Living with humans.

Living with people is hard. Even harder when you are introverted, not highly emotive, and overly practical about how to run your life. Even harder when your lifestyle is markedly alternative. But living with people can be handled.

As briefly mentioned last week, we were thinking of moving in with relatives and it fell through. And one of the reasons for it was quite simply that we felt we could not live with them at all. Their lifestyle clashed with ours, but there was a requirement that we merge our lives. And every pressure was put on us to change our own behaviours and accept the behaviours of the people we were moving in with. Which I suppose is fair enough, as they were there first. But neither Jon nor I are ready to change our lives so dramatically for anything or anyone. And the levels of drama were, quite frankly, massively above what we can tolerate, which, incidentally, is “as close to zero as possible”. So why try at all? Quite simply, we didn’t actually expect to have to change so much.

You see, we comfortably “live” with a couple we’re friends with semi regularly. We’ve had sleepovers, shared hotels, and our last holiday involved a solid week of houseshare. And although even arranging a single visit or day with the relatives was a nightmare, somehow living for a week with our friends was easy. We could do basic housework, arrange meals together, go places and even schedule my work and medical emergencies and shopping, all without a single falling out. So what gives? Why can we do that with them, but not our own family?

The core difference actually comes down to independence versus agreeability. Jon and I both have a strong desire to be independent, both as individuals and as a couple. So we aim to do as much as we can on our own. We also would rather things got done than did not, so we’re both agreeable as long as the work that needs to get done is getting done, but not at all agreeable when delays occur. And our friends are very much the same. They want to do their own thing and they want to do it in peace. So even though we were living together and doing things together, ultimately we were still operating as individuals and we were agreeable so as to enable all of us to continue operating as individuals.

Meanwhile, the main sources of conflict with the family were based around dependence and a need for agreeability beyond comfort. They were demanding to be informed of every aspect of our lives, insisting on helping us rather than letting us hire someone to do work, and getting upset whenever we chose to do something on our own. They were essentially demanding a merge of lives, a loss of independence to us. Share the dogs, let them take care of XYZ, put their needs first. And being highly emotive people, whenever we sought independence over communialism, they became upset. So rather than focusing on a problem, such as the dog needing somewhere to stay but them being unable to keep up their promises, or the solution, such as finding someone else to take care of her, we were expected to first and foremost focus on how we hurt their feelings throughout the situation. In other words, we were expected to be dependent on them and to be agreeable towards them. It was the complete opposite of our relationship with our friends.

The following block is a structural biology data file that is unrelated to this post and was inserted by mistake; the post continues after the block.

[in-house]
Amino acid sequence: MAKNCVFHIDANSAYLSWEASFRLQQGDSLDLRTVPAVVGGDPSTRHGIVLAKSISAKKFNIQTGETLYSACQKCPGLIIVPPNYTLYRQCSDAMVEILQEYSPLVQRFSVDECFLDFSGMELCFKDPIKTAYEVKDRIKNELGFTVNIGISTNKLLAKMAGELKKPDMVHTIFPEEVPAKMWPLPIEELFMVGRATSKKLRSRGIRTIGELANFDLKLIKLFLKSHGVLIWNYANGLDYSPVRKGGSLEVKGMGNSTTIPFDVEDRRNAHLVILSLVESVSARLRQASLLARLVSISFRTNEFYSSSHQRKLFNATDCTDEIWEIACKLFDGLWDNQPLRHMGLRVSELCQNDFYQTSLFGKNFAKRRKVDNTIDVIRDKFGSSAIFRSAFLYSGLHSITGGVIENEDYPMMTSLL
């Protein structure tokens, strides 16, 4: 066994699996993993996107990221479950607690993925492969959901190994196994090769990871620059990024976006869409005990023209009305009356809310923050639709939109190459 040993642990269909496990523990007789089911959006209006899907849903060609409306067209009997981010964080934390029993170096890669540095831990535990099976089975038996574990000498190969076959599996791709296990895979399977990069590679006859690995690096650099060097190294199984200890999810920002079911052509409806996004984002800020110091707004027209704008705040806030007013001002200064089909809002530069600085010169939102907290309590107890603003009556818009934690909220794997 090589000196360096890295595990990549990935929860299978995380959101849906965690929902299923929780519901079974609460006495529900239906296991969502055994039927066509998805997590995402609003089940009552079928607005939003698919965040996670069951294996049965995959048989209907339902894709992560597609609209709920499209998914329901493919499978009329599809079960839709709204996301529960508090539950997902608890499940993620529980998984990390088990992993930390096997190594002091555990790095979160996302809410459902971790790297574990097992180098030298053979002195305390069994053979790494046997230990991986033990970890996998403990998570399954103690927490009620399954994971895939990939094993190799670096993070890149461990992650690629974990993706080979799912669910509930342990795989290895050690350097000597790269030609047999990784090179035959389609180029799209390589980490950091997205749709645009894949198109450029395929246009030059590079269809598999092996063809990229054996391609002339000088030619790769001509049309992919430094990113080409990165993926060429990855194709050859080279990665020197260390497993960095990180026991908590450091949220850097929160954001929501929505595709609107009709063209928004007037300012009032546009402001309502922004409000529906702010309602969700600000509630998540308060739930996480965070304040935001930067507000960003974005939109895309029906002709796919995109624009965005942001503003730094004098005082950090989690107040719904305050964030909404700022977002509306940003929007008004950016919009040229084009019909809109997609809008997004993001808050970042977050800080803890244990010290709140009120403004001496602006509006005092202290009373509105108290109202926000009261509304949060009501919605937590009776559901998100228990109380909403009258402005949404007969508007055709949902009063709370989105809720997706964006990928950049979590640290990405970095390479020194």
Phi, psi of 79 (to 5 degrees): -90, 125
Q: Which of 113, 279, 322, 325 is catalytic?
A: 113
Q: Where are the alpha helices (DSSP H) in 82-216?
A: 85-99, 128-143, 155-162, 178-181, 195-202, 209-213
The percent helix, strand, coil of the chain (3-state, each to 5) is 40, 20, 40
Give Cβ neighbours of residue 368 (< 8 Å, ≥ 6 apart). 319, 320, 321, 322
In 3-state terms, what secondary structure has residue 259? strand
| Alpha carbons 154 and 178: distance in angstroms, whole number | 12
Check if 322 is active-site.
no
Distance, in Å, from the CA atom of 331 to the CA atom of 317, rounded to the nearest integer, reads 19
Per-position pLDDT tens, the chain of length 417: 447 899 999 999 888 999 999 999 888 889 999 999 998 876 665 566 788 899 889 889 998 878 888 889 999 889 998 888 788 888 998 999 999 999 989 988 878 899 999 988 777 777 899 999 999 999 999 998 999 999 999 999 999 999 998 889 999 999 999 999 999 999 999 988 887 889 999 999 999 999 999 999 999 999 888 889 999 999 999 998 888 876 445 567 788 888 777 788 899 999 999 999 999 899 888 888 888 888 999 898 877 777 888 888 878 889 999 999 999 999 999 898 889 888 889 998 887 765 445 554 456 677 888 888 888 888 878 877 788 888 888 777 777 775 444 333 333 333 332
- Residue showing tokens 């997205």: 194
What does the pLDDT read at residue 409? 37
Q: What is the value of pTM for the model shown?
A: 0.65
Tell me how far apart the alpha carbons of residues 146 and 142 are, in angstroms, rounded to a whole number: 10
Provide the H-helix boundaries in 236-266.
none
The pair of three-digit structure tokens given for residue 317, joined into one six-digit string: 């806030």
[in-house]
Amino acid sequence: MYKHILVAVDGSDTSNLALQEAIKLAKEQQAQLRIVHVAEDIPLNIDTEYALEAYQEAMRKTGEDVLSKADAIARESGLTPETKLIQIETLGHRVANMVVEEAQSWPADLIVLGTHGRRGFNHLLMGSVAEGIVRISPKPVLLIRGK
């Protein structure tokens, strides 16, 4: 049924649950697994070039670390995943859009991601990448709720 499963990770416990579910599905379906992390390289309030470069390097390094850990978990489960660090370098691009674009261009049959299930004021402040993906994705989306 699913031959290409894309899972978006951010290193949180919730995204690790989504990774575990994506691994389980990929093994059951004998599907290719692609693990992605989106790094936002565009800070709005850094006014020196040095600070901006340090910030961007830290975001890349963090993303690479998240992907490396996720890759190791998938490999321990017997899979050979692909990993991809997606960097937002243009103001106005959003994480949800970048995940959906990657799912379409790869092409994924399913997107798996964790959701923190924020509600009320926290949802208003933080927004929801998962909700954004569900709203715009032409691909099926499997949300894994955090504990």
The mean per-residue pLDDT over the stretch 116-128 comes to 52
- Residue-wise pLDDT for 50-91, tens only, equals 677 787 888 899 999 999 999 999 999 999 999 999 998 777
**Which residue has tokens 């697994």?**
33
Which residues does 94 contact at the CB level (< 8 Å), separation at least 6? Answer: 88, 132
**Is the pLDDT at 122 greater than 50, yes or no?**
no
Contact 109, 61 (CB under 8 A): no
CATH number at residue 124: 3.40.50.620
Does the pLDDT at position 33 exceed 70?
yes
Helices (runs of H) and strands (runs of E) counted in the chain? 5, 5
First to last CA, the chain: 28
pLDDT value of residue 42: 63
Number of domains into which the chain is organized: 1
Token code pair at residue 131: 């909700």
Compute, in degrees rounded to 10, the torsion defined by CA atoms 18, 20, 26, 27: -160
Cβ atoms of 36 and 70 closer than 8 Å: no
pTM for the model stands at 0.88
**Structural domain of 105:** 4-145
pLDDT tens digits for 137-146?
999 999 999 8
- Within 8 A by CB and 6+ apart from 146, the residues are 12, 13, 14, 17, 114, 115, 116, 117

I’m sure many people are happy to live with people who they are dependent on and agreeable towards. But ultimately, to avoid drama, you and the people you live with need to agree on your levels of interdependence and agreeability. Whether you want to lead completely isolated lives under the same roof or whether one of you will be completely dependent, you need to agree on that. And whether you want to handle everything bluntly or whether you need people to be sensitive to your emotions, you need to agree on that.

People can live together when they lead completely different lives. They cannot live together when their socializing patterns are completely different.

Let that be a lesson to all: before living with people, discuss dependence levels and how agreeable you need to be to each other. Because drama doesn’t come from disagreements, conflicting beliefs or busy lives. Drama comes from differing neediness.

TTFN and Happy Hunting!

 

For help starting out homemaking, check out The ESSENTIAL Beginner Homemaker’s Guide. For help budgeting all your everday and not-so-everyday essentials, from food to transport to clothes, check out On A Budget: The good homemaker’s guide to economizing.
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Why He Doesn’t Want To Come Home.

A phenomenon Jon and I have discussed previously, to no great conclusion, was revived by the recent idle drivel coming from the mouth of the UK’s own minor version of Bernie Sanders.